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How Important Are Size and Body Condition for Thoroughbred Sale Yearlings?By Kentucky Equine Research Staff · September 12, 2017

Buyers look at various factors--pedigree, conformation, and racing performance of siblings--when considering the purchase of a Thoroughbred yearling. This study was conducted to find out the influence of body size and condition score on sale price.

Body weight, wither height, and body condition score measurements were taken in late August and early September for 630 yearlings to be sold at the 2003 and 2004 Keeneland yearling sales. Session and sale price were recorded and correlated to price.

Sale prices were used to divide the horses into two groups based on whether the horse sold above or below the session's median price. Further division was made by age and gender. Sold and unsold yearlings were also compared.

Body weight was significantly greater in both colts and fillies that received bids above their session median. When age and gender were considered, weight was significantly greater but wither height was not significantly greater for horses that sold better. Horses that did not sell were taller but not heavier than those that sold when adjusted for age and gender.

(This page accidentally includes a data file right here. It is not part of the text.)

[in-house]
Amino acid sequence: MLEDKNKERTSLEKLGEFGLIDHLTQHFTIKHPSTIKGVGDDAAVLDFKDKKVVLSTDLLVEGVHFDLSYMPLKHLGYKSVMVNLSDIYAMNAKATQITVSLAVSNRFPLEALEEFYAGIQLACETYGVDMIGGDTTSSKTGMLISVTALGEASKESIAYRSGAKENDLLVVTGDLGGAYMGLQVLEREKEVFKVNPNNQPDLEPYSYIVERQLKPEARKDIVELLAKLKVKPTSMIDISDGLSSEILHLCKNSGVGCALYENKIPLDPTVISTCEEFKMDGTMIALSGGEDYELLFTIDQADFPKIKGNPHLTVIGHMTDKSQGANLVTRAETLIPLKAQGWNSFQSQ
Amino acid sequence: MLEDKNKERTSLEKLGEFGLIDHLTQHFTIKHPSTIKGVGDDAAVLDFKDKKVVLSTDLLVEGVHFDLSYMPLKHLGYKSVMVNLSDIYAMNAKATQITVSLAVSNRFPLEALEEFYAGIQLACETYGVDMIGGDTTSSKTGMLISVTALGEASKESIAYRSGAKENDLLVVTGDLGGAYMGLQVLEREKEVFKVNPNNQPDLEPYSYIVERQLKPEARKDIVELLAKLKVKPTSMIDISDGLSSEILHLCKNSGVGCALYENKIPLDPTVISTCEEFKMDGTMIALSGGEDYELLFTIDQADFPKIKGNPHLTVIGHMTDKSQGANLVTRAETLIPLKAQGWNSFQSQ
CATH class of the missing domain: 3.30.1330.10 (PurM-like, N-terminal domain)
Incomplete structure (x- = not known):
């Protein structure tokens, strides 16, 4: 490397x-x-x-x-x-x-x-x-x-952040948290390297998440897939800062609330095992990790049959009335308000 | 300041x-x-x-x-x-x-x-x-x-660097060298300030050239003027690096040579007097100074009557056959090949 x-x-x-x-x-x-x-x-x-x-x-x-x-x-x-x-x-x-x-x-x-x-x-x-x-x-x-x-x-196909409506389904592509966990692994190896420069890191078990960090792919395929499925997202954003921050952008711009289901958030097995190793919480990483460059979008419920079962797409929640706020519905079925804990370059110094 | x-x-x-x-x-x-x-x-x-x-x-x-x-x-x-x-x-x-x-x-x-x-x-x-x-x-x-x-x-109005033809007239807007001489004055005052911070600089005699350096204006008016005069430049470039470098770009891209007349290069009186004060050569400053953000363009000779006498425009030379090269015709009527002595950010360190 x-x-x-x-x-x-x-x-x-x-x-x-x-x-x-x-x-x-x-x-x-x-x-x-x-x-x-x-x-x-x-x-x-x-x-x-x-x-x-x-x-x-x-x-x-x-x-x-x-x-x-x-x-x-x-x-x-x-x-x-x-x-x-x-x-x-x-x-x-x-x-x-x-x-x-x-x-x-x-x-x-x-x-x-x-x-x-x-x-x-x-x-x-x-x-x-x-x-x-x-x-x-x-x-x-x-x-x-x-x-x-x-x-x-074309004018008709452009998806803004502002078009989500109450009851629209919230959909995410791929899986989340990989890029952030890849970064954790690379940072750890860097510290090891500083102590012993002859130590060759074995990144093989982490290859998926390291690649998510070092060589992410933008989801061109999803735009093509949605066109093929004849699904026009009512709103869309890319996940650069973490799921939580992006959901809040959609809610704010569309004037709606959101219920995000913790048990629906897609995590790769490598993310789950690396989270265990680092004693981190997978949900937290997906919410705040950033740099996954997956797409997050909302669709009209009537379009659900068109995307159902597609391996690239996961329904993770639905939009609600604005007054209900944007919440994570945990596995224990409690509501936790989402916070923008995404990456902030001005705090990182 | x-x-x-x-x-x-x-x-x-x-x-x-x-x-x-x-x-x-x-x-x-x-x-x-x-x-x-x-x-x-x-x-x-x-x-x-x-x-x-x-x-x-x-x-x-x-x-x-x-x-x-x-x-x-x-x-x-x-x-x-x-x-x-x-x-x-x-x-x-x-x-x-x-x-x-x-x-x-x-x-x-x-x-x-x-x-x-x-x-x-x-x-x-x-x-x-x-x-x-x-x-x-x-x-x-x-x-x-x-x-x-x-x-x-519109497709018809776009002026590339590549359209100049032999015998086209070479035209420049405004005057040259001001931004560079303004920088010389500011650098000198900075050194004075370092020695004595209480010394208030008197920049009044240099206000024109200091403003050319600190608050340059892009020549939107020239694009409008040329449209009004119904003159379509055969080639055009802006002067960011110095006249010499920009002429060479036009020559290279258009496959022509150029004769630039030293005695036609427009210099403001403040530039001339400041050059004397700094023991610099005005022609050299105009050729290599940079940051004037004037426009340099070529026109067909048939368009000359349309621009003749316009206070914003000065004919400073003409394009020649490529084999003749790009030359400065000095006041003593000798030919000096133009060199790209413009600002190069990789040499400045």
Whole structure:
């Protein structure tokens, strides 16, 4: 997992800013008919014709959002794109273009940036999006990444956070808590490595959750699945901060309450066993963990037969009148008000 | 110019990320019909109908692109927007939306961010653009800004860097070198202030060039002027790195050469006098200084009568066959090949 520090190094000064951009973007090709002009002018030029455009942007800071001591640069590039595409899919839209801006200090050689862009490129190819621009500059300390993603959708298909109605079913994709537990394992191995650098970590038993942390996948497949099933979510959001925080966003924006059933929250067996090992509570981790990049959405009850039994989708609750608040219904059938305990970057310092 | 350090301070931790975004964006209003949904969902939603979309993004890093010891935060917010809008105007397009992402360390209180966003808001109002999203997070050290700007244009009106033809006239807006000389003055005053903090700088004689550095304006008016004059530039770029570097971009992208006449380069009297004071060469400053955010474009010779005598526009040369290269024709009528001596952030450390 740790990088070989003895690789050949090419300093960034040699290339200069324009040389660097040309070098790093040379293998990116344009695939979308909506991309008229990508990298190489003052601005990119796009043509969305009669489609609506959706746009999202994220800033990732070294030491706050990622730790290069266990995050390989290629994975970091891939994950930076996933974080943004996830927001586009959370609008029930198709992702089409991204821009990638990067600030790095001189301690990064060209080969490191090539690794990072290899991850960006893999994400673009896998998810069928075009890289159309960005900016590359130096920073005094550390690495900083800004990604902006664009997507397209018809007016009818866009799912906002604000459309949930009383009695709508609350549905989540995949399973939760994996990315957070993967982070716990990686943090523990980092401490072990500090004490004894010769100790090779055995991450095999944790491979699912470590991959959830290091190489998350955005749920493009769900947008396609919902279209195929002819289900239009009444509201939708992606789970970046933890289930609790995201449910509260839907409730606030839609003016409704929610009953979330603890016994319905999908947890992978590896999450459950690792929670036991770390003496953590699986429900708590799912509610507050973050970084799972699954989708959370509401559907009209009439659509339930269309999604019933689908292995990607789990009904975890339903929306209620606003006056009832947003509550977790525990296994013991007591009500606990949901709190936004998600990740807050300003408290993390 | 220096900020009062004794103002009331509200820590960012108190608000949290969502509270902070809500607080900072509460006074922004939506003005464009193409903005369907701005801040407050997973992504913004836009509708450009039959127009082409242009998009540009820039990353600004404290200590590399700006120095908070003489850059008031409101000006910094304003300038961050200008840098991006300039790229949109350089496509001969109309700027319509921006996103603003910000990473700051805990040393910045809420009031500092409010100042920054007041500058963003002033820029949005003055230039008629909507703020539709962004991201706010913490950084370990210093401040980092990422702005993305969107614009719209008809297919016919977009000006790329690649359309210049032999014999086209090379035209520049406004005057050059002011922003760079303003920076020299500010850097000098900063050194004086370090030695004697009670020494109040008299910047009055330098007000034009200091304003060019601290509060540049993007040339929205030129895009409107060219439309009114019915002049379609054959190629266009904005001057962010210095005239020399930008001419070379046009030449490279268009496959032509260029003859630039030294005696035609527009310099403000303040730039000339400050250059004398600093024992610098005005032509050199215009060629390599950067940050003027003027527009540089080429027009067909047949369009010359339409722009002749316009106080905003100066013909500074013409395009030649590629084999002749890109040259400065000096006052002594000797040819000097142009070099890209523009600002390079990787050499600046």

These data suggest that the ideal condition score for a sales yearling is 6 based on a scale of 1 (poor) through 9 (extremely fat). Yearlings presented for sale with lower condition scores may be less likely to meet sellers' expectations.  

This report of KER's 2006 research was published in Proceedings of the 20th Equine Science Society Symposium.

Read the entire research paper, titled The Influence of Body Weight, Wither Height and Body Condition Score on Sale Price of Thoroughbred Yearlings at Public Auction.